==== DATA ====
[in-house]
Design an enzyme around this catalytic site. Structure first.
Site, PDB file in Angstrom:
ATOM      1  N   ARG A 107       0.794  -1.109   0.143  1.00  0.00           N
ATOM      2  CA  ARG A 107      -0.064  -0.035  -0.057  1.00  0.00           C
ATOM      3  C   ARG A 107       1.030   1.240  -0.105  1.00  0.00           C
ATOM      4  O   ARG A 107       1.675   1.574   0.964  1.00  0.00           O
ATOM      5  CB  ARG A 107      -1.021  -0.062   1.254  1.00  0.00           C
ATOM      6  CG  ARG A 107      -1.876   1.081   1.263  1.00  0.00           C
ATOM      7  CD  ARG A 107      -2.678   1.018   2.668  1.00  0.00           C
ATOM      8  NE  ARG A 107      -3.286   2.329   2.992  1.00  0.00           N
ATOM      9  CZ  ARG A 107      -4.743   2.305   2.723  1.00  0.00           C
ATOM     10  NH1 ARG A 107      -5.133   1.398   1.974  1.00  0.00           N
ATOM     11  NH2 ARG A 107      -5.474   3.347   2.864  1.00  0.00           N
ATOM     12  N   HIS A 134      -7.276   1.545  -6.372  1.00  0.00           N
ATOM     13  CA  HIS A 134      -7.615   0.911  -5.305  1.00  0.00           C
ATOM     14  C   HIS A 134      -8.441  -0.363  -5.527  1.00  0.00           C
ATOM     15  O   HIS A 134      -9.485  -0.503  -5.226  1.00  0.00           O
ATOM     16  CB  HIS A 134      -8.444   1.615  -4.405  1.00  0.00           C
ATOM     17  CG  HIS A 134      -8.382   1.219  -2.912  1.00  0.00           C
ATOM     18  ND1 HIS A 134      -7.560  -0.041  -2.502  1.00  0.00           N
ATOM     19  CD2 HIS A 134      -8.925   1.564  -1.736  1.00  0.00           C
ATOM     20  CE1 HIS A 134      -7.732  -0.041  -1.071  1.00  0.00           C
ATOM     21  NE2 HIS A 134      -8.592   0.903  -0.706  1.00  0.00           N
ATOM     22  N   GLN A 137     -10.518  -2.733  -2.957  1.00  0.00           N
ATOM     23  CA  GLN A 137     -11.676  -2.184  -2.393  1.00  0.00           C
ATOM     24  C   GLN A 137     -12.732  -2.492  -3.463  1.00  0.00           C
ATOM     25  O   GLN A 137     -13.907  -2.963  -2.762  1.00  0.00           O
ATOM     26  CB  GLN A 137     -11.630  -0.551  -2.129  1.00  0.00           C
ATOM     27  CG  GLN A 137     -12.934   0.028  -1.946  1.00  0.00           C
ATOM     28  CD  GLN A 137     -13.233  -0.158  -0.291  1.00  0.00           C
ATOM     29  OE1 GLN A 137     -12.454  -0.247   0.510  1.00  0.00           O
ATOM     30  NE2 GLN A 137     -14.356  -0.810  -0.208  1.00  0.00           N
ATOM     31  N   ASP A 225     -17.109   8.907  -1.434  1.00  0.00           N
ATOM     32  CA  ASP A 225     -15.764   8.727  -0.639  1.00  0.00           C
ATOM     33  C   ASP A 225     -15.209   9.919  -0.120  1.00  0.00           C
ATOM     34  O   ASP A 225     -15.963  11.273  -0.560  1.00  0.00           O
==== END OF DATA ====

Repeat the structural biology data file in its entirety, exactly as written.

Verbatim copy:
[in-house]
Design an enzyme around this catalytic site. Structure first.
Site, PDB file in Angstrom:
ATOM      1  N   ARG A 107       0.794  -1.109   0.143  1.00  0.00           N
ATOM      2  CA  ARG A 107      -0.064  -0.035  -0.057  1.00  0.00           C
ATOM      3  C   ARG A 107       1.030   1.240  -0.105  1.00  0.00           C
ATOM      4  O   ARG A 107       1.675   1.574   0.964  1.00  0.00           O
ATOM      5  CB  ARG A 107      -1.021  -0.062   1.254  1.00  0.00           C
ATOM      6  CG  ARG A 107      -1.876   1.081   1.263  1.00  0.00           C
ATOM      7  CD  ARG A 107      -2.678   1.018   2.668  1.00  0.00           C
ATOM      8  NE  ARG A 107      -3.286   2.329   2.992  1.00  0.00           N
ATOM      9  CZ  ARG A 107      -4.743   2.305   2.723  1.00  0.00           C
ATOM     10  NH1 ARG A 107      -5.133   1.398   1.974  1.00  0.00           N
ATOM     11  NH2 ARG A 107      -5.474   3.347   2.864  1.00  0.00           N
ATOM     12  N   HIS A 134      -7.276   1.545  -6.372  1.00  0.00           N
ATOM     13  CA  HIS A 134      -7.615   0.911  -5.305  1.00  0.00           C
ATOM     14  C   HIS A 134      -8.441  -0.363  -5.527  1.00  0.00           C
ATOM     15  O   HIS A 134      -9.485  -0.503  -5.226  1.00  0.00           O
ATOM     16  CB  HIS A 134      -8.444   1.615  -4.405  1.00  0.00           C
ATOM     17  CG  HIS A 134      -8.382   1.219  -2.912  1.00  0.00           C
ATOM     18  ND1 HIS A 134      -7.560  -0.041  -2.502  1.00  0.00           N
ATOM     19  CD2 HIS A 134      -8.925   1.564  -1.736  1.00  0.00           C
ATOM     20  CE1 HIS A 134      -7.732  -0.041  -1.071  1.00  0.00           C
ATOM     21  NE2 HIS A 134      -8.592   0.903  -0.706  1.00  0.00           N
ATOM     22  N   GLN A 137     -10.518  -2.733  -2.957  1.00  0.00           N
ATOM     23  CA  GLN A 137     -11.676  -2.184  -2.393  1.00  0.00           C
ATOM     24  C   GLN A 137     -12.732  -2.492  -3.463  1.00  0.00           C
ATOM     25  O   GLN A 137     -13.907  -2.963  -2.762  1.00  0.00           O
ATOM     26  CB  GLN A 137     -11.630  -0.551  -2.129  1.00  0.00           C
ATOM     27  CG  GLN A 137     -12.934   0.028  -1.946  1.00  0.00           C
ATOM     28  CD  GLN A 137     -13.233  -0.158  -0.291  1.00  0.00           C
ATOM     29  OE1 GLN A 137     -12.454  -0.247   0.510  1.00  0.00           O
ATOM     30  NE2 GLN A 137     -14.356  -0.810  -0.208  1.00  0.00           N
ATOM     31  N   ASP A 225     -17.109   8.907  -1.434  1.00  0.00           N
ATOM     32  CA  ASP A 225     -15.764   8.727  -0.639  1.00  0.00           C
ATOM     33  C   ASP A 225     -15.209   9.919  -0.120  1.00  0.00           C
ATOM     34  O   ASP A 225     -15.963  11.273  -0.560  1.00  0.00           O